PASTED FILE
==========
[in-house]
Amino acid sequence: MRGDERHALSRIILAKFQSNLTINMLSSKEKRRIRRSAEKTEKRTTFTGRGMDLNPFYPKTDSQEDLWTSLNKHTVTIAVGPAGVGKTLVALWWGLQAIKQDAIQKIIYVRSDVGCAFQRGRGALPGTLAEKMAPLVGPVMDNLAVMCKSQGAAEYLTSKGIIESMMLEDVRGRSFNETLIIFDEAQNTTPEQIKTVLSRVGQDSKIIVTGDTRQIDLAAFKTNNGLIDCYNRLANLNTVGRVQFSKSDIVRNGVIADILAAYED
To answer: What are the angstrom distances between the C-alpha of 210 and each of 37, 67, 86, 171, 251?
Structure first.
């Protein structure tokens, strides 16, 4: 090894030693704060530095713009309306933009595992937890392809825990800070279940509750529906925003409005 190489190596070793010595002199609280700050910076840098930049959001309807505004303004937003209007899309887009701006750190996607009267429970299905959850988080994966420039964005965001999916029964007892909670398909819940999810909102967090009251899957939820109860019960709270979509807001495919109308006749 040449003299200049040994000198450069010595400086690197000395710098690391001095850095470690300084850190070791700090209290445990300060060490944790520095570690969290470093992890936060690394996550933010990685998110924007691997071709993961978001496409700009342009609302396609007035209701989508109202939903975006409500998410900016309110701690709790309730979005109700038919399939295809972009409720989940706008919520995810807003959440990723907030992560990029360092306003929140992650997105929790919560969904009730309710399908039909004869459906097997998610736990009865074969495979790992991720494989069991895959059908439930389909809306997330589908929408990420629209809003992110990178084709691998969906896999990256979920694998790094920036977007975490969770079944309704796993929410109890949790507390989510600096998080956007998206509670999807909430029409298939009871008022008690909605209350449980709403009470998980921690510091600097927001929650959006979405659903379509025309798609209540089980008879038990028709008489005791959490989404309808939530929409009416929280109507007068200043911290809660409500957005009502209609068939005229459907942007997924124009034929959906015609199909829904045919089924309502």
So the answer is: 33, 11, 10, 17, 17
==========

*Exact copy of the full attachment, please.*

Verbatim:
[in-house]
Amino acid sequence: MRGDERHALSRIILAKFQSNLTINMLSSKEKRRIRRSAEKTEKRTTFTGRGMDLNPFYPKTDSQEDLWTSLNKHTVTIAVGPAGVGKTLVALWWGLQAIKQDAIQKIIYVRSDVGCAFQRGRGALPGTLAEKMAPLVGPVMDNLAVMCKSQGAAEYLTSKGIIESMMLEDVRGRSFNETLIIFDEAQNTTPEQIKTVLSRVGQDSKIIVTGDTRQIDLAAFKTNNGLIDCYNRLANLNTVGRVQFSKSDIVRNGVIADILAAYED
To answer: What are the angstrom distances between the C-alpha of 210 and each of 37, 67, 86, 171, 251?
Structure first.
């Protein structure tokens, strides 16, 4: 090894030693704060530095713009309306933009595992937890392809825990800070279940509750529906925003409005 190489190596070793010595002199609280700050910076840098930049959001309807505004303004937003209007899309887009701006750190996607009267429970299905959850988080994966420039964005965001999916029964007892909670398909819940999810909102967090009251899957939820109860019960709270979509807001495919109308006749 040449003299200049040994000198450069010595400086690197000395710098690391001095850095470690300084850190070791700090209290445990300060060490944790520095570690969290470093992890936060690394996550933010990685998110924007691997071709993961978001496409700009342009609302396609007035209701989508109202939903975006409500998410900016309110701690709790309730979005109700038919399939295809972009409720989940706008919520995810807003959440990723907030992560990029360092306003929140992650997105929790919560969904009730309710399908039909004869459906097997998610736990009865074969495979790992991720494989069991895959059908439930389909809306997330589908929408990420629209809003992110990178084709691998969906896999990256979920694998790094920036977007975490969770079944309704796993929410109890949790507390989510600096998080956007998206509670999807909430029409298939009871008022008690909605209350449980709403009470998980921690510091600097927001929650959006979405659903379509025309798609209540089980008879038990028709008489005791959490989404309808939530929409009416929280109507007068200043911290809660409500957005009502209609068939005229459907942007997924124009034929959906015609199909829904045919089924309502």
So the answer is: 33, 11, 10, 17, 17